I'll grant for sake of argument that there are probably some Christian ministers that preach the doctrine of 'penal substitution' in an unbiblical way. But when Wright speaks of this "...idea of God simply wanting to punish somebody and not caring too much who it was," I honestly have to wonder just
who he's speaking of. If this version of 'penal substitution' is out there, I certainly don't know where it exists, let alone who is teaching it. Even the most committed 'hell, fire, and brimstone' preacher that beats people up with the Law -- a significant error in its own right -- would not recognize this sort of caricature that Wright imagines. The fact that Wright would seek to defend Chalke on the premise of a non-existent view of penal substitution is quite troubling, even taking into account the quotations Jim Hamilton and Trevin Wax have gathered to demonstrate that Wright personally holds to a doctrine of penal substitution.

When you put it all together, I don't have a whole lot of confidence that N.T. Wright understands
penal substitution correctly, for the simple reason that all these loose ends in Wright-speak simply do not cohere. I'm inclined to think the Oakhill men (Steve Jeffery, Mike Ovey and Andrew Sach) are surely right to identify their disagreement with Wright as a "methodological one" at its core. In other words, this cannot be written off simply as a matter of emphasizing one thing more than the other; Wright seems to be tolerating a fundamentally different way we should think about the atonement.

For a nice survey of the classic doctrine of penal substitution, check out J.I. Packer's recent article here. One can't help but notice a substantial difference between these two Anglicans! Packer is certainly aware of these theological developments in his native homeland, and holds nothing back in exposing precisely why this notion of 'cosmic child abuse' is wrong on just about every level.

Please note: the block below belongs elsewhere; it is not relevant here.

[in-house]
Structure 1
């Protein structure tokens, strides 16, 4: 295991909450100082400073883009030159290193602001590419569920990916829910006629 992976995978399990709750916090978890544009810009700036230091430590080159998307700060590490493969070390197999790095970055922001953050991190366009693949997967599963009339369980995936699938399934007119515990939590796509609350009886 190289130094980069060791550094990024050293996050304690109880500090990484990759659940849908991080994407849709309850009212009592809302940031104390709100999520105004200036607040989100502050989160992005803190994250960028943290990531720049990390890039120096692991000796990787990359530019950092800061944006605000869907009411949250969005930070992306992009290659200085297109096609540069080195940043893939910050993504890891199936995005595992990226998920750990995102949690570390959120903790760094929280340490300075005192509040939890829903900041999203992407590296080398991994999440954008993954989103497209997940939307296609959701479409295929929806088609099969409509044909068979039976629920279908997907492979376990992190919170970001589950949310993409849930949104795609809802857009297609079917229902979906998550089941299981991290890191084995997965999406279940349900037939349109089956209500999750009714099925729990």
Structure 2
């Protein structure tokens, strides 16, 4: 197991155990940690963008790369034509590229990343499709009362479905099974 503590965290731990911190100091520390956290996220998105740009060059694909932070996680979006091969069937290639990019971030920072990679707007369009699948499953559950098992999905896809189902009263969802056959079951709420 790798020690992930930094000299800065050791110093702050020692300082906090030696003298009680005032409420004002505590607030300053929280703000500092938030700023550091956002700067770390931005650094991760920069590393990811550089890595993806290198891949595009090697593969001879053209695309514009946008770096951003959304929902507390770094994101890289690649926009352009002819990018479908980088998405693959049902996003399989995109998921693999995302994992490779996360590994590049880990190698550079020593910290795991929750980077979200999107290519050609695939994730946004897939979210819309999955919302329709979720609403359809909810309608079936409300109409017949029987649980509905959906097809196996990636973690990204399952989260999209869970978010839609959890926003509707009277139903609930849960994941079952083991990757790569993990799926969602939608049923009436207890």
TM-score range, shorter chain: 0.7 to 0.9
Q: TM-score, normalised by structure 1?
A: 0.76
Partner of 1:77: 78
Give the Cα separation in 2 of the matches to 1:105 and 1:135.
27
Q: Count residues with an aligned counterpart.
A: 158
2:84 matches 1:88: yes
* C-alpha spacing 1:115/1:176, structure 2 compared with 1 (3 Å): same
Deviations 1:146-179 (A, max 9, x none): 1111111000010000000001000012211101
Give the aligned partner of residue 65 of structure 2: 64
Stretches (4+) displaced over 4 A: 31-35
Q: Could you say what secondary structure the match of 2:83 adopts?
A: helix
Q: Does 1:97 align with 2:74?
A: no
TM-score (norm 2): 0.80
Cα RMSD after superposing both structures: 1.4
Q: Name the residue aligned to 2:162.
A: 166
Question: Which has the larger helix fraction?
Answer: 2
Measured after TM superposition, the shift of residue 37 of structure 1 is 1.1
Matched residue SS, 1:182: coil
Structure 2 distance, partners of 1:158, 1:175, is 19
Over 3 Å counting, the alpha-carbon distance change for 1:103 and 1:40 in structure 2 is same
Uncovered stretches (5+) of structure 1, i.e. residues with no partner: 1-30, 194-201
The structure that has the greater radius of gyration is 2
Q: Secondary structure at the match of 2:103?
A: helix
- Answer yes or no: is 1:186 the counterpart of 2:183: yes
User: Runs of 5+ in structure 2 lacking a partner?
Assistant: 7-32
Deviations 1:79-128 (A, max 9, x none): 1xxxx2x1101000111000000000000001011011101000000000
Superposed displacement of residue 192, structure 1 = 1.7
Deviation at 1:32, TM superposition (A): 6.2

UPDATE (Dec. 20): You can read Lee Irons' further elaboration on this post at the Upper Register blog.

Wednesday, December 12, 2007

A Note From Managment....

Work in Progress! Sorry for the mess, as I try to update my blog!

Friday, November 30, 2007

Lu-0 Lu-0 Lu-0

Three straight shut outs by Luongo is good news for Vancouver. It's also great news for my hockey pool....hehe! I'm still not convinced the Canucks have enough on the offensive end to make it deep into the playoffs, as they found out last season when they ran into Anaheim.

Monday, November 12, 2007

Too many books, anyone?

Andrew T. B. McGowan makes an interesting comment about Thomas Boston's federal theology:

The fact that Boston had so few books clearly meant that he devoured whatever came into his hand, and his treatises on the covenant of works and the covenant of grace display a familiarity with Witsius.
(pg. 9)

I must confess that it's easy as a covenant theologian to run like gangbusters to the later half of McGowan's statement. And what's not to like about that! McGowan goes on to argue that the formative influences on Boston's covenant theology stem from those Reformed luminaries known as Ursinus, Beza, and Witsius. Pretty good company!!

However, it's the first part of McGowan's comment that really caught my attention. That is, the fact that Boston had "so few books"! McGowan footnotes this to something found in Boston's
Memoirs (so lets assume for sake of argument that it's true). Without extrapolating into *why* Boston acquired "so few books," this struck an interesting personal chord into my own book-reading and buying habits.

Reformed theology has long been known for its love of reading books. With that often comes a love for collecting books and buttressing one's library. There may not be a blatant attempt to impress others with our vast collection of reading...but we certainly don't seem to mind when people think we are extremely well-read! I remember the vast array of books I started to collect as an undergraduate and then the year I took off before I started at Westminster. I was a book hound! The art of learning how to read through that process was immeasurable, especially going into seminary and then more graduate school, where you are forced to assimilate large amounts of data in a short period of time.